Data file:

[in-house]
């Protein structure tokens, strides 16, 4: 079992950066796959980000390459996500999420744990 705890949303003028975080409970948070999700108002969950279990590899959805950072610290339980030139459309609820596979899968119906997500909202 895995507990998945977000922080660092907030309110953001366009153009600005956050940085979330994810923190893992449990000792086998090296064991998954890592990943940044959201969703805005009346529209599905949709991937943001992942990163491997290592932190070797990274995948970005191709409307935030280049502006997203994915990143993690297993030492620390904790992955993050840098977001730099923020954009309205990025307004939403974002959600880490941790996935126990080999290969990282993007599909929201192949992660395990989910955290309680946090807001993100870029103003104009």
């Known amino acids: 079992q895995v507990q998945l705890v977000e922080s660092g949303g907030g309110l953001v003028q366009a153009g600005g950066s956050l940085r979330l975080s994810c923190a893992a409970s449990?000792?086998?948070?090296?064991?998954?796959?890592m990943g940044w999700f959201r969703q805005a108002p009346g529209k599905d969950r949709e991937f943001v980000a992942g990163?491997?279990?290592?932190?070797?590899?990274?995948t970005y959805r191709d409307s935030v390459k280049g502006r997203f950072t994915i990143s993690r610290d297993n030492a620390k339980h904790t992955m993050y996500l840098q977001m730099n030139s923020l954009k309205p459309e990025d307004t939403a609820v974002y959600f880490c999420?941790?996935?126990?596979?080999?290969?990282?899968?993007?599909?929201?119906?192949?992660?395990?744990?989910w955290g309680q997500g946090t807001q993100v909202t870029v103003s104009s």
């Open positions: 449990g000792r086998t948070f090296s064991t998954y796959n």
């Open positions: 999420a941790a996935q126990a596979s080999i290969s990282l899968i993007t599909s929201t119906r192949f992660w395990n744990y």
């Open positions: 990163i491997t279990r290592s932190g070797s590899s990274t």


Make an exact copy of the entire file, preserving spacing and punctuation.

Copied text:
[in-house]
């Protein structure tokens, strides 16, 4: 079992950066796959980000390459996500999420744990 705890949303003028975080409970948070999700108002969950279990590899959805950072610290339980030139459309609820596979899968119906997500909202 895995507990998945977000922080660092907030309110953001366009153009600005956050940085979330994810923190893992449990000792086998090296064991998954890592990943940044959201969703805005009346529209599905949709991937943001992942990163491997290592932190070797990274995948970005191709409307935030280049502006997203994915990143993690297993030492620390904790992955993050840098977001730099923020954009309205990025307004939403974002959600880490941790996935126990080999290969990282993007599909929201192949992660395990989910955290309680946090807001993100870029103003104009």
């Known amino acids: 079992q895995v507990q998945l705890v977000e922080s660092g949303g907030g309110l953001v003028q366009a153009g600005g950066s956050l940085r979330l975080s994810c923190a893992a409970s449990?000792?086998?948070?090296?064991?998954?796959?890592m990943g940044w999700f959201r969703q805005a108002p009346g529209k599905d969950r949709e991937f943001v980000a992942g990163?491997?279990?290592?932190?070797?590899?990274?995948t970005y959805r191709d409307s935030v390459k280049g502006r997203f950072t994915i990143s993690r610290d297993n030492a620390k339980h904790t992955m993050y996500l840098q977001m730099n030139s923020l954009k309205p459309e990025d307004t939403a609820v974002y959600f880490c999420?941790?996935?126990?596979?080999?290969?990282?899968?993007?599909?929201?119906?192949?992660?395990?744990?989910w955290g309680q997500g946090t807001q993100v909202t870029v103003s104009s």
């Open positions: 449990g000792r086998t948070f090296s064991t998954y796959n």
């Open positions: 999420a941790a996935q126990a596979s080999i290969s990282l899968i993007t599909s929201t119906r192949f992660w395990n744990y």
């Open positions: 990163i491997t279990r290592s932190g070797s590899s990274t």